Work in Progress: Cardboard Cut
The other day I went to IKEA. As you might know, in Ikea they pack most things to flat cardboard boxes. I left with a few of them, came home and assembled my furniture. Since I have a tendency to throw nothing away, then obviously I didn’t discard my new cardboard boxes, but instead stored them behind my couch. Why, I could need them one day!
And so I did. A few weeks later I was bored and remembered that I have all this cardboard just sitting behind my couch. It had been a while since I started a new project and my fingers were itching to make something. My computer was already full of patterns, a result of playing with my favorite shape – triangle (does anyone else besides me have a favorite shape?), so it was about time to make my hands dirty. Or cardboardy, in this case.
Usually the stuff that I make from cardboard doesn’t have a very edible look. I make cardboard models to test the overall shape or size of the final product. I still like to present them while presenting the final product since they give such a huge contrast between the starting process and the final product. But this time it was different. I wanted to make cardboard beautiful. I had a mission: to create something that is easy to produce and affordable, yet aesthetic, functional and also recyclable. Something completely different.
Another goal was to find an optimal way of production. Something that would allow me to keep an eye on quality and at the same time be efficient. Cutting cardboard to make expensive handicraft lamps with the speed of 1 lamp per day is really not my cup of tea.
My first full size model looked as good as a hand cut cardboard project can. Okay from the distance… not that great when standing right next to it. Luckily it still looked cool enough to continue working on it.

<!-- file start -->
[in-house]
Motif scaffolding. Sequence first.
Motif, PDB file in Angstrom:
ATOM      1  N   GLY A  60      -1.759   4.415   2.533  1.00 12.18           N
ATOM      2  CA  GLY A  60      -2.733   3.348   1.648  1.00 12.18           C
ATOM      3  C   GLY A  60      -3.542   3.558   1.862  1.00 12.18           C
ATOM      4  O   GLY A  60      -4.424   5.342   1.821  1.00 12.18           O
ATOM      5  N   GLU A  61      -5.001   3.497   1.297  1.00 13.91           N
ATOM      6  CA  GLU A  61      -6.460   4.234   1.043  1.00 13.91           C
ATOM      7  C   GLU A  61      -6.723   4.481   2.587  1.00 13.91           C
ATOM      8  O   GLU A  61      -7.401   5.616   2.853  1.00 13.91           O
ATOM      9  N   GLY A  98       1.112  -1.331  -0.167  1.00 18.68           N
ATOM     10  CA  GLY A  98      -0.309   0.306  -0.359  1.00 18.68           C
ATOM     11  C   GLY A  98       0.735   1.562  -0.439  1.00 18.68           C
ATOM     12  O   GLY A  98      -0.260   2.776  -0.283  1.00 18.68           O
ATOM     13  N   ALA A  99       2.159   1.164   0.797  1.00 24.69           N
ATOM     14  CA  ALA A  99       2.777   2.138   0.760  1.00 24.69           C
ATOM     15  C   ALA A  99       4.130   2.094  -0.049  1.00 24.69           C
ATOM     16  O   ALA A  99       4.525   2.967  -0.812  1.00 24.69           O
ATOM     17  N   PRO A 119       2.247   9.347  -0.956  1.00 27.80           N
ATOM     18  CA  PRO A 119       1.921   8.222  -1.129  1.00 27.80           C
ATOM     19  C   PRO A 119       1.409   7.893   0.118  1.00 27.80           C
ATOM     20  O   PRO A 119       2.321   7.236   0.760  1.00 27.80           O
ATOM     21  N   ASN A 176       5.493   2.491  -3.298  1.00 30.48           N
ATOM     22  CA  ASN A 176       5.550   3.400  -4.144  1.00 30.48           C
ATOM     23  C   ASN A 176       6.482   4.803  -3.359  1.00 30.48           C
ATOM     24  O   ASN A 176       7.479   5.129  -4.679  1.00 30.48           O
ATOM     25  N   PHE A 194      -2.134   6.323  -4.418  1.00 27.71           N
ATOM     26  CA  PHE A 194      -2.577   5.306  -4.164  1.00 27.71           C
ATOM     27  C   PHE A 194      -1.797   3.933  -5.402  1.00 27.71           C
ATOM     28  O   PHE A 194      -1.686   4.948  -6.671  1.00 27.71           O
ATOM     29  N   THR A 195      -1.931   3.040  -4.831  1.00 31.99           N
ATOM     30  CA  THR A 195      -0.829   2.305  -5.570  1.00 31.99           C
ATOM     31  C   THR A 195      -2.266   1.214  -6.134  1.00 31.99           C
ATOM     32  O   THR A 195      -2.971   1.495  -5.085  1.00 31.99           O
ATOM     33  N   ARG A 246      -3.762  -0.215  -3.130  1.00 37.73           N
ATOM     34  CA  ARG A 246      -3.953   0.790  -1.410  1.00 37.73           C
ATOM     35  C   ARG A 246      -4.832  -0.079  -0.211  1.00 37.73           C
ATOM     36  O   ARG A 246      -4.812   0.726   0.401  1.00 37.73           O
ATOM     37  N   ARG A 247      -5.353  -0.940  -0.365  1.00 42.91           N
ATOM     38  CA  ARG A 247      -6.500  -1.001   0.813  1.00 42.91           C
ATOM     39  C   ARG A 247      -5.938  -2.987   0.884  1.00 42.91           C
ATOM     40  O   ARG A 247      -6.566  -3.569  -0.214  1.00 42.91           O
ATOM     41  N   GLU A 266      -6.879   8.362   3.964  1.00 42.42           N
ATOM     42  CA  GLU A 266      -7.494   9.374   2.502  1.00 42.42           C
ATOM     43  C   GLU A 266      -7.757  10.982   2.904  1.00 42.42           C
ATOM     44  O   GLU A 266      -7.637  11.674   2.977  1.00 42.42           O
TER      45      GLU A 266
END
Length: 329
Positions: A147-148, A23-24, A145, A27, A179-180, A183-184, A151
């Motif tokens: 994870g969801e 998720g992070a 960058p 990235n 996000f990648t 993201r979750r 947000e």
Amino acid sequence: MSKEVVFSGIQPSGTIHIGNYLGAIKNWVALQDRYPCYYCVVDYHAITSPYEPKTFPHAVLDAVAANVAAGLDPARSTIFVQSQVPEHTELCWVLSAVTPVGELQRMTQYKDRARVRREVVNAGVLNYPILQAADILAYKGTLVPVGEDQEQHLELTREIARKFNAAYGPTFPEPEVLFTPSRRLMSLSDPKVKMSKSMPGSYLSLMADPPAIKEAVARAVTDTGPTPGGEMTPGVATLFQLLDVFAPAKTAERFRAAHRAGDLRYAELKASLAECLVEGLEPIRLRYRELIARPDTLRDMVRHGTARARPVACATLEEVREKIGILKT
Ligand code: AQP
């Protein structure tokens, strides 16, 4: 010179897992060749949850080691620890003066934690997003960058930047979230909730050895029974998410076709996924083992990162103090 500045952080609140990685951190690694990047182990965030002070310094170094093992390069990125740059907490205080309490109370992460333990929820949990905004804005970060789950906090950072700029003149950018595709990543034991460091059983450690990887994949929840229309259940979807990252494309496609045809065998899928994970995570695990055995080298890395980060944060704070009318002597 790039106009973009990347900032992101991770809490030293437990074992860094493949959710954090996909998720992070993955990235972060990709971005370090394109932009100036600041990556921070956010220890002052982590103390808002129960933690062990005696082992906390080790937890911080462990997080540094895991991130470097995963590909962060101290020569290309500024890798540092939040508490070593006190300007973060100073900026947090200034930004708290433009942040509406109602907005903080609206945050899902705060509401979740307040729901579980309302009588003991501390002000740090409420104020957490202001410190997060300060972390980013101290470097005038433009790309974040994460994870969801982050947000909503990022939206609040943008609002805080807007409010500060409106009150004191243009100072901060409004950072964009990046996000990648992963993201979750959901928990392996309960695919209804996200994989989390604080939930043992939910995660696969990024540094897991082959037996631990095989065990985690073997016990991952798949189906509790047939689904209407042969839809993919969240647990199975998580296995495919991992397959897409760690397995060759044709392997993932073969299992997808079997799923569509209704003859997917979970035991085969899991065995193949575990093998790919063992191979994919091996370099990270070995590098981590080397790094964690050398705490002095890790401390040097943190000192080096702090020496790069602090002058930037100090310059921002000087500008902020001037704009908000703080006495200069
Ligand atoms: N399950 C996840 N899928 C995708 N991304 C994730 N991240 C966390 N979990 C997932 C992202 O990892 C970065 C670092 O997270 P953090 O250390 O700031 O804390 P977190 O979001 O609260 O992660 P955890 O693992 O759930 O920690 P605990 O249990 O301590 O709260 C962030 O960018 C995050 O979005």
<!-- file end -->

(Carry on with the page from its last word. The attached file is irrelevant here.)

I was struggling with connecting the parts for a while. I wanted to keep the product glue-free and easy to assemble. At first it wasn’t really possible to assemble it at all. As it all comes down to finding the strong suit of cardboard, I still had some work to do.
The answer to my quests: laser cutting! Sleek lines, precise angles, minimal material loss. Perfect for handling cardboard. Also, did you know that laser cutting cardboard smells like an Estonian smoke sauna? Mmm…
Laser cutting took some experimenting, of course. At first my lamps didn’t hold together. Okay, the slots were too wide – I forgot to take the thickness of a laser beam into account. So, next test – and the slots became too narrow. It took me a while to get to the perfect result, with a moody laser cutter not being of much help. Still, after each test the product started making more sense. It was all coming together.